•  Correlation response in which both desired and undesired characters are selected.

•  Analysis of variance components.

It is important to realize that the heritability is a property not only for a character but also of the population and of the environmental circumstances to which the individuals are subjected. Heritability studies (Table 5) conducted for some important quantitative traits reveals higher values for shell weight (80.20%), growth rate (79.30%), raw silk percentage (79.00%), pupal weight (78.50%), cocoon-shell ratio (72.40%) and cocoon weight (73.60%), while extremely low for reelability (28.00%) and pupation rate (19.00%) [4]. The heritability estimates for various quantitative traits reveals higher values for fecundity and filament length, cocoon weight and pupal weight [33], cocoon-shell weight, growth rate [34], raw silk percentage [35] and cocoon—shell ratio [36], while low or extremely low for pupation rate and reelability percentage [35]. These characters with low

Table 5. Heritability of some economic traits in Bombyx mori.

values of heritability are of little importance in selection strategies because here most variations are non-transmissible. Characters with high heritability as well as high genetic advance indicating possible operation of additive gene action and hence respond better to simple phenotypic selection than those having low heritability and low genetic advance [2]. Therefore, individual selection for those having high heritability and high genetic advance has to be resorted for obtaining results in desirable direction. However, precision can be improved if selection is aimed on two groups of parents, one with high heritability values and the other with low values for the character under selection and offspring are reared only from these selected groups [12].

On the contrary, moth emergence, effective rate of rearing [2], larval and pupal duration [37] showing moderate to high heritability, but low genetic advance reveals operation of predominant non-additive gene action and hence responds better to hybridization and recurrent selection. Mostly, selection does not act on a single character but act on whole set of characters [38] and when phenotypic correlation exists among characters, selection on a character may result in selection differentials on correlated characters [39]. Since expression of economic characters depends upon a number of related attributes, genetic progress will be accelerated only if selection is performed simultaneously on more than one attribute, contributing to the theme. Studies conducted on phenotypic and genotypic coefficient of variability, heritability and genetic advance [29] revealed that cocoon shell weight, cocoon filament length and maximum larval weight showed high heritability and genetic advance, and high phenotypic and genotypic coefficients of variability. Seasons also have some influence on heritability of various characters. The traits like silk filament, size of the filament, silk content and cocoon—shell ratio has high heritability in favorable seasons compared to unfavorable ones. Thus, heritability is an important tool in predicting the magnitude and speed of population improvement. With the help of heritability estimates, a breeder can know how much more closely related organisms with similar genotypes resemble each other than less closely related organisms. It is also useful in predicting the outcome of artificial selection among the clones, inbred lines, and varieties besides production of superior genotypes [1,40].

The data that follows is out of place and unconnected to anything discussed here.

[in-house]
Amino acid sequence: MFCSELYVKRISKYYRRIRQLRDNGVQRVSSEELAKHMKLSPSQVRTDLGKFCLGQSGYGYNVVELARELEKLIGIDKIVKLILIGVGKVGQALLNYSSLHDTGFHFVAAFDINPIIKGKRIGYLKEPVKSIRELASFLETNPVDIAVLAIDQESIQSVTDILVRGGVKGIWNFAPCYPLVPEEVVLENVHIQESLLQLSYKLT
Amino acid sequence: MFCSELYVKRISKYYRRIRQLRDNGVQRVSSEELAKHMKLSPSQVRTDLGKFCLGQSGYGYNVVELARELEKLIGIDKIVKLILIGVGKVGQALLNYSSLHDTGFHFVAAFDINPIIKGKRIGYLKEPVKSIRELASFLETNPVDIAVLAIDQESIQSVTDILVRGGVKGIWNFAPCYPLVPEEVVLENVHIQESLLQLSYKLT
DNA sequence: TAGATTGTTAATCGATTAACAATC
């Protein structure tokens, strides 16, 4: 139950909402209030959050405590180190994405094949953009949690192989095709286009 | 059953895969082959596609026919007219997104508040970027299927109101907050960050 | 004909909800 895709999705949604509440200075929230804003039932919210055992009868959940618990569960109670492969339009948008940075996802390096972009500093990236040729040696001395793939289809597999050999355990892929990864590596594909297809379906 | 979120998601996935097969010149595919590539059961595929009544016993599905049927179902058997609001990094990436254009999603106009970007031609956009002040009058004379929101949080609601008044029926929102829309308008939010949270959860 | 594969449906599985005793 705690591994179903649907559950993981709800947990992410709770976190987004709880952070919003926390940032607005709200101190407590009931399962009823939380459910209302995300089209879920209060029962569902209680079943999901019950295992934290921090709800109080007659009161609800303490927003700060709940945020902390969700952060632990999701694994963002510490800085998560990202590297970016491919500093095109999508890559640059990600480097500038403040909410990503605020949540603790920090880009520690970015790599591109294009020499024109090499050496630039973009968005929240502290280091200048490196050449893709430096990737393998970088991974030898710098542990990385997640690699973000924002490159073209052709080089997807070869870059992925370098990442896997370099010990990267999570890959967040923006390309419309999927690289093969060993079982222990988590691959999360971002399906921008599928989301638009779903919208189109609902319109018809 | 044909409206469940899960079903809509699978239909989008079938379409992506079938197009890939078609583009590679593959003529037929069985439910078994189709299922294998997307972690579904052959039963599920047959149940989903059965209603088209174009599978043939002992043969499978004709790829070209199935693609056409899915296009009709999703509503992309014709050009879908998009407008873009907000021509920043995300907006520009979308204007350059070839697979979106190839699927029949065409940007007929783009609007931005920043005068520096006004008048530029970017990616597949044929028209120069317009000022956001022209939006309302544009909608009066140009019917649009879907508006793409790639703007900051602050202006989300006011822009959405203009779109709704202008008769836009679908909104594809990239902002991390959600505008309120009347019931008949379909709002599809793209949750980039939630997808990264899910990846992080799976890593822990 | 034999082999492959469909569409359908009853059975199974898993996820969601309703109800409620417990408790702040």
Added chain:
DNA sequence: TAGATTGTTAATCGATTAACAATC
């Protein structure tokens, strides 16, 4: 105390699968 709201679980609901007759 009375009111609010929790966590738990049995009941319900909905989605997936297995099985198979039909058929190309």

Therefore, relations between different pairs of characters and the degree of its manifestation should be taken into consideration while performing selection keeping in view the magnitude of the objectives.

Conflicts of Interest

The authors declare no conflicts of interest.